Enceladus Water Geyers Full of Organic Chemicals

“A completely unexpected surprise is that the chemistry of Enceladus,
what's coming out from inside, resembles that of a comet. To have primordial material coming out from inside a Saturn moon raises many questions on the formation of the Saturn system.”

- Hunter Waite, a Principal Investigator, Cassini Mission

On Wednesday, March 12, 2008, NASA's Cassini spacecraft flew along the south pole of Enceladus to sample water-ice, dust and gas in the geyser plumes that erupt there. This was the first of four Cassini flybys of Enceladus planned for 2008, the second coming in August. Image 2007 by Cassini-Huygens spacecraft.
On Wednesday, March 12, 2008, NASA's Cassini spacecraft flew along the south pole of Enceladus to sample water-ice, dust and gas in the geyser plumes that erupt there. This was the first of four Cassini flybys of Enceladus planned for 2008, the second coming in August. Image 2007 by Cassini-Huygens spacecraft.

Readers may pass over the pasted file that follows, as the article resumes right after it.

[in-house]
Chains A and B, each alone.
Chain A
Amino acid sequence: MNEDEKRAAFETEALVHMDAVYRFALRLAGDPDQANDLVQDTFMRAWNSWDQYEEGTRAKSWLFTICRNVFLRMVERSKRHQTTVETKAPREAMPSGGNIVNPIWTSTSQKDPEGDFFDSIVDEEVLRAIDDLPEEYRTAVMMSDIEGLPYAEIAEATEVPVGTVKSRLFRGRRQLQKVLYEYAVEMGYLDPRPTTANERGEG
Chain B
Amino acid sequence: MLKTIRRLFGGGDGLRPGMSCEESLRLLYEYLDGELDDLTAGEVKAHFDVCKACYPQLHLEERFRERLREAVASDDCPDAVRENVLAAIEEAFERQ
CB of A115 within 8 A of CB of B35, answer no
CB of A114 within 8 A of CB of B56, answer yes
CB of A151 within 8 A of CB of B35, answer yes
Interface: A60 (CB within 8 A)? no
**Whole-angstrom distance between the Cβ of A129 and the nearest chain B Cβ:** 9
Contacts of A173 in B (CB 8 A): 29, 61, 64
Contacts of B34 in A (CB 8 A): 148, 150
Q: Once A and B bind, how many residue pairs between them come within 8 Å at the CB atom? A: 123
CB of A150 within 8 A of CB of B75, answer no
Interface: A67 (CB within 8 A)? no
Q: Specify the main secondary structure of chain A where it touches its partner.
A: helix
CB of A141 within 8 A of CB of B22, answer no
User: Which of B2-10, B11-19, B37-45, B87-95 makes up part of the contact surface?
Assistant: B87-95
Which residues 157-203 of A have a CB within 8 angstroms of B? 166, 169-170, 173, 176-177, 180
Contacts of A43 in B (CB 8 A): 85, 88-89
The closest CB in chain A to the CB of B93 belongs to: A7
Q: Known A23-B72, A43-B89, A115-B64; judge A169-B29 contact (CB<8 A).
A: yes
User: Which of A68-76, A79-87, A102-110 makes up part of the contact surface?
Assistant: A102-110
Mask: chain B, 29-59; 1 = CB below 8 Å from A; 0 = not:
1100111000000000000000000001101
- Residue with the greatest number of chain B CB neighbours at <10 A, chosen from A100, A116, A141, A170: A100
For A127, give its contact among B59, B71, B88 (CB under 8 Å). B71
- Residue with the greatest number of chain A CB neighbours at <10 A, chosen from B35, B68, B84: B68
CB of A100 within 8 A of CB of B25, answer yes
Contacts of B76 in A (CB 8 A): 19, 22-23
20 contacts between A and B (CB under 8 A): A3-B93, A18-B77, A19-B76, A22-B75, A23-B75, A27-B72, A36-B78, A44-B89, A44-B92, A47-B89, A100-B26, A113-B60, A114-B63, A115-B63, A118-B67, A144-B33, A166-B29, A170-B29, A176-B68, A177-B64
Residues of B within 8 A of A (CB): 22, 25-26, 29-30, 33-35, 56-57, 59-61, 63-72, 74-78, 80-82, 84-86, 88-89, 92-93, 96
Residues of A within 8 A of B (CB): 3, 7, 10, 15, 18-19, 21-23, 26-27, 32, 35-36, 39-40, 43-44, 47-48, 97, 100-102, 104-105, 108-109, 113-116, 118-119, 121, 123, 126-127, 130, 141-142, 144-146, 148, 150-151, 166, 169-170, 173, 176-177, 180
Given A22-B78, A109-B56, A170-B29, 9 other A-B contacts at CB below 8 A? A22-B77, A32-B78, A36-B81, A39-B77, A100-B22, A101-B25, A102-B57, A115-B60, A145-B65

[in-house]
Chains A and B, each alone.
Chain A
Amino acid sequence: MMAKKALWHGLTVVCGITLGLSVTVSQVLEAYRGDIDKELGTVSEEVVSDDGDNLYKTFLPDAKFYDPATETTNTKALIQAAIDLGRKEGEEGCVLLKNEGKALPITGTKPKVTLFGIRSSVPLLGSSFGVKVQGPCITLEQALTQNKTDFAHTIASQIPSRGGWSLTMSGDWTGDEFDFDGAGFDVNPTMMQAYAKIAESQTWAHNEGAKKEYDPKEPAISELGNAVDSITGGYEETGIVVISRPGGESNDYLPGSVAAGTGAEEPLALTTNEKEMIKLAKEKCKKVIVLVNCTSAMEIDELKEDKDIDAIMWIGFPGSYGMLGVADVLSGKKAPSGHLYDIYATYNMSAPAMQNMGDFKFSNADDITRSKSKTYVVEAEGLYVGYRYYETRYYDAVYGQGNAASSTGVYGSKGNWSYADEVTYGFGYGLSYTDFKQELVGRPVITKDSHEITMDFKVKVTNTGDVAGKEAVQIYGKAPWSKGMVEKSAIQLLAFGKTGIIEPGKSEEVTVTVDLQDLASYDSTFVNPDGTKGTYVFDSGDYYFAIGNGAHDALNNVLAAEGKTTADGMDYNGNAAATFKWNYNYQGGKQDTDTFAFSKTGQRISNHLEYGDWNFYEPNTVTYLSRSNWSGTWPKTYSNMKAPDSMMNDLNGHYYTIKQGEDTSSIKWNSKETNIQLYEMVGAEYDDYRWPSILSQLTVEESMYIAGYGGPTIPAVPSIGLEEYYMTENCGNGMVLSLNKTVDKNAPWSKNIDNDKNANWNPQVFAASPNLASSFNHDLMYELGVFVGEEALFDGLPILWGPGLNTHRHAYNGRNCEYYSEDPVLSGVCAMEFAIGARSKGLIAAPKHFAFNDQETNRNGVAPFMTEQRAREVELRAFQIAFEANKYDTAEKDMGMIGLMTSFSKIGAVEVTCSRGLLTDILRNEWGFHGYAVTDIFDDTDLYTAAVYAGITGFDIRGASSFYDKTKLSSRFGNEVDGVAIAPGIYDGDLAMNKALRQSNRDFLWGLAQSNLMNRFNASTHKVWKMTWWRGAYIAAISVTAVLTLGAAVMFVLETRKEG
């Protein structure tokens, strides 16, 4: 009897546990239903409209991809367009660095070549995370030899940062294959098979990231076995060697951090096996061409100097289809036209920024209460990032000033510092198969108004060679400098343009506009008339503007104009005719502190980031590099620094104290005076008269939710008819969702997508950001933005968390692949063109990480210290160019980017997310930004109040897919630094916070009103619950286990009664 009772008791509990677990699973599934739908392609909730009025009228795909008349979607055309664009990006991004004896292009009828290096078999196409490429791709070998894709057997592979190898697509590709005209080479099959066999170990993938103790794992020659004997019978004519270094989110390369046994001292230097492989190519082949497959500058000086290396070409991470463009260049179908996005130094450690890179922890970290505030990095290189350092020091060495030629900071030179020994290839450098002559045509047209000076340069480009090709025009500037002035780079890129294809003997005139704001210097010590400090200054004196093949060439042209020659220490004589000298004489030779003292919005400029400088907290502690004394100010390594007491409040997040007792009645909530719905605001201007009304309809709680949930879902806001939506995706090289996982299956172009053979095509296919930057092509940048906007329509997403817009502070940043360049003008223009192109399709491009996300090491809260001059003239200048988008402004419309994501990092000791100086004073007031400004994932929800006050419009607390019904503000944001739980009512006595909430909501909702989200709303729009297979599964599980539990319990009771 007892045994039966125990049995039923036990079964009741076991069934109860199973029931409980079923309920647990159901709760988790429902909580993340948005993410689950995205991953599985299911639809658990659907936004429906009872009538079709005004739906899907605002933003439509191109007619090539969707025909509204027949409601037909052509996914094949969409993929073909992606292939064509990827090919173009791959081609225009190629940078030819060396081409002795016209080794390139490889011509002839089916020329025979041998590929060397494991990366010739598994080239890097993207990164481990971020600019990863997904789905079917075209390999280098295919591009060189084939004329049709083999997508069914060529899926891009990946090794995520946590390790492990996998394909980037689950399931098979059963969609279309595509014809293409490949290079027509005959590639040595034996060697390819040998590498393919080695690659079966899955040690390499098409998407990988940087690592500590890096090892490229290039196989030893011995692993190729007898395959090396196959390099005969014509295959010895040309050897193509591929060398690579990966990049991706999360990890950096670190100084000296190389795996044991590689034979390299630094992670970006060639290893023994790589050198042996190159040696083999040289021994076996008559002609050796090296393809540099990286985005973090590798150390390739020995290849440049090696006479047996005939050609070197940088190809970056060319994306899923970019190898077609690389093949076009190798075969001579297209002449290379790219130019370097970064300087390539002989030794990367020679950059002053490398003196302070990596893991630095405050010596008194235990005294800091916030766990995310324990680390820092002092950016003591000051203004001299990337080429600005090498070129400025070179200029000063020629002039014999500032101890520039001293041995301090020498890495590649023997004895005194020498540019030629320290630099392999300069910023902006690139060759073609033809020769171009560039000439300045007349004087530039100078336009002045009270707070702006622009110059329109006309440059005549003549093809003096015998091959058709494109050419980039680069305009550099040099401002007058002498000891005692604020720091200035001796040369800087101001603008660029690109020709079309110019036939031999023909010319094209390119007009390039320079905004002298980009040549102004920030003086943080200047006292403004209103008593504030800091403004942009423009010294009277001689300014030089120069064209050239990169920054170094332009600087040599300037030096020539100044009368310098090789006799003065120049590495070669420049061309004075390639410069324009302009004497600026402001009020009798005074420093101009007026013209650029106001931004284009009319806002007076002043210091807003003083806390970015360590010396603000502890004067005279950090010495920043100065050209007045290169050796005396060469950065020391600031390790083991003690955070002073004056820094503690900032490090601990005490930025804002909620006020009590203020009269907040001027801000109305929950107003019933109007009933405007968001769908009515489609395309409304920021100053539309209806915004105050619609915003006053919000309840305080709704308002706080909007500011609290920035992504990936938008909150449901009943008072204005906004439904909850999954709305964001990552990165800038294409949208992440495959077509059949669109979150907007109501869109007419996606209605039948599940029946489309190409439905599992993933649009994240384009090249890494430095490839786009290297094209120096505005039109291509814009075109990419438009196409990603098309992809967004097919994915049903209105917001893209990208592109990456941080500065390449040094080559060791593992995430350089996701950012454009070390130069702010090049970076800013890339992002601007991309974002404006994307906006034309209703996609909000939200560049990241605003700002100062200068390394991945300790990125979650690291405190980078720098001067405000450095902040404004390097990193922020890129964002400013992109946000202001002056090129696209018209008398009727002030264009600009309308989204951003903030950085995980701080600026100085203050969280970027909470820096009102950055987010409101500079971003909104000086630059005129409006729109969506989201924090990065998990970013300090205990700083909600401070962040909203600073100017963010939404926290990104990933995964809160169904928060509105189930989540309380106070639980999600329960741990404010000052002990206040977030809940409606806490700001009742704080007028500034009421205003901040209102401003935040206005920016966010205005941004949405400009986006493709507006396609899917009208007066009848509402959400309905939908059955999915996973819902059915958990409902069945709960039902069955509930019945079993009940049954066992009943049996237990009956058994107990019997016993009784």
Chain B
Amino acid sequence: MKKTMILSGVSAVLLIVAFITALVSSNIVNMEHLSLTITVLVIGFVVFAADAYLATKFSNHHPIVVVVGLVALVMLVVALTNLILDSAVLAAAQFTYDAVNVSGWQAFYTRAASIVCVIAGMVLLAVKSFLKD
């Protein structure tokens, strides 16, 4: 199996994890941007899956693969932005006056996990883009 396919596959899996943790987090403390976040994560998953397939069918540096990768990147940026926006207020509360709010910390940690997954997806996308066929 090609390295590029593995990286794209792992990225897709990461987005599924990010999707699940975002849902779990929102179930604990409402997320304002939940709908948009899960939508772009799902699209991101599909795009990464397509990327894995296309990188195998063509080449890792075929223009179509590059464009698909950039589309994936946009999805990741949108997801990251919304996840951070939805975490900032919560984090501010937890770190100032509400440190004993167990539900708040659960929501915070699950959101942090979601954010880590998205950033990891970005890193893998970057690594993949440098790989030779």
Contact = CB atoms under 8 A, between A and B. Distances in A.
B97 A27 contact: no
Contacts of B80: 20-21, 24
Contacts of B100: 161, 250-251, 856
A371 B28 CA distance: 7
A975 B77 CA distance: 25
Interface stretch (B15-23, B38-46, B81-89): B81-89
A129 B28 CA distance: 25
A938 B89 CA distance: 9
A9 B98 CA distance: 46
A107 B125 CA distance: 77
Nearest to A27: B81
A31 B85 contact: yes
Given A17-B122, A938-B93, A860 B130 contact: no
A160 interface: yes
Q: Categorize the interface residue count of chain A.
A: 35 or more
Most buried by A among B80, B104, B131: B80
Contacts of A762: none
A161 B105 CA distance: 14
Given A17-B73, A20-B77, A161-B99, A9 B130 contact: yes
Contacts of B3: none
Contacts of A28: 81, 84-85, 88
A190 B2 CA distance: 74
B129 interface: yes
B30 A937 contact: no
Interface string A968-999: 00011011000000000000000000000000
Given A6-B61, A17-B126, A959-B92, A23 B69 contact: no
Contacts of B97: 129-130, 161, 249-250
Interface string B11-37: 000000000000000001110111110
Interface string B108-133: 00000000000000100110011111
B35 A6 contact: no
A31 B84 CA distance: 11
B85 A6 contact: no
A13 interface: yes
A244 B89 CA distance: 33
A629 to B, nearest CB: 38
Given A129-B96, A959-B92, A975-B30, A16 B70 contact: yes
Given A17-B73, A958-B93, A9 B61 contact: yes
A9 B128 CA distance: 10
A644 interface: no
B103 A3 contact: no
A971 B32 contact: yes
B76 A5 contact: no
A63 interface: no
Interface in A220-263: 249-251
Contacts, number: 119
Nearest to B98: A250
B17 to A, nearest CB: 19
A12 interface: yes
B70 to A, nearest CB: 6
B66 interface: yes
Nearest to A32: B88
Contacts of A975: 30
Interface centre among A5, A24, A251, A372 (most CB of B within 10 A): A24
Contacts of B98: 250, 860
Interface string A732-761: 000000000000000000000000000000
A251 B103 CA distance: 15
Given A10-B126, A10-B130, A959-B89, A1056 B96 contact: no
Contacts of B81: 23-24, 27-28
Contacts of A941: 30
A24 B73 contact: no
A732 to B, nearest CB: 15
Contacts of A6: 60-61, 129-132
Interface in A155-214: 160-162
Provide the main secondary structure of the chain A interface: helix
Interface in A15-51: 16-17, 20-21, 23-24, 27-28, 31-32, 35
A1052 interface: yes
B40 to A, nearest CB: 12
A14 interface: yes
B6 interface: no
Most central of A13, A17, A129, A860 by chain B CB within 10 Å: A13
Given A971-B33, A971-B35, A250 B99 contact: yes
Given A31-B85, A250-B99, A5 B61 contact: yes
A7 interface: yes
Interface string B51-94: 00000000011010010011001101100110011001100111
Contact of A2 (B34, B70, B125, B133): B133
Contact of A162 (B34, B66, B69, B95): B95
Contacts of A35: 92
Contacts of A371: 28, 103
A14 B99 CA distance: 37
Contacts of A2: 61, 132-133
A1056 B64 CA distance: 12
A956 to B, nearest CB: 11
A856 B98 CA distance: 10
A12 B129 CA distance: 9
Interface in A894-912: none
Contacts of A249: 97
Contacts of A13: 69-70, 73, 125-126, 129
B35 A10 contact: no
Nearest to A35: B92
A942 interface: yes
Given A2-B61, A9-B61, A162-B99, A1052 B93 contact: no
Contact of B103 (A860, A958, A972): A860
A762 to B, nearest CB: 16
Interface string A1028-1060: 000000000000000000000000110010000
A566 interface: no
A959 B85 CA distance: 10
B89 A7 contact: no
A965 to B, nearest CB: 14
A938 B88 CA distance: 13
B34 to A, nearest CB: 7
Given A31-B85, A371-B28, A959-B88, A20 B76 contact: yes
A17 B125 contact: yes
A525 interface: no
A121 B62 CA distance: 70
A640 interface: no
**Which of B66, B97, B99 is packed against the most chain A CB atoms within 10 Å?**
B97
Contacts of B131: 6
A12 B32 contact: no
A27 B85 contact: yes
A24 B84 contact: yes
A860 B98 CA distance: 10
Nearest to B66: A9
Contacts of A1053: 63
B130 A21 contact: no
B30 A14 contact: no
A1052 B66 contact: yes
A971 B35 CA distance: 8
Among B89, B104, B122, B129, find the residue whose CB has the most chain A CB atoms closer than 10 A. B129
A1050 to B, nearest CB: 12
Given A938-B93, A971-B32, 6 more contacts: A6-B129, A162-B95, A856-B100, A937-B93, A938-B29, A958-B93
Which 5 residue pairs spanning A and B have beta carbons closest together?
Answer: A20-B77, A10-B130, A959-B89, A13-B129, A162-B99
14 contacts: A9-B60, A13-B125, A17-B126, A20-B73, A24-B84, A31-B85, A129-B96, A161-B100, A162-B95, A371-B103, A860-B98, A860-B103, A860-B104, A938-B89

March 30, 2008  Pasadena, California - NASA reported this week:

NASA's Cassini spacecraft tasted and sampled a surprising organic brew erupting in geyser-like fashion from Saturn's moon Enceladus during a close flyby on March 12. Scientists are amazed that this tiny moon is so active, "hot" and brimming with water vapor and organic chemicals.

New heat maps of the surface show higher temperatures than previously known in the south polar region, with hot tracks running the length of giant fissures. Additionally, scientists say the organics "taste and smell" like some of those found in a comet. The jets themselves harmlessly peppered Cassini, exerting measurable torque on the spacecraft, and providing an indirect measure of the plume density.

 

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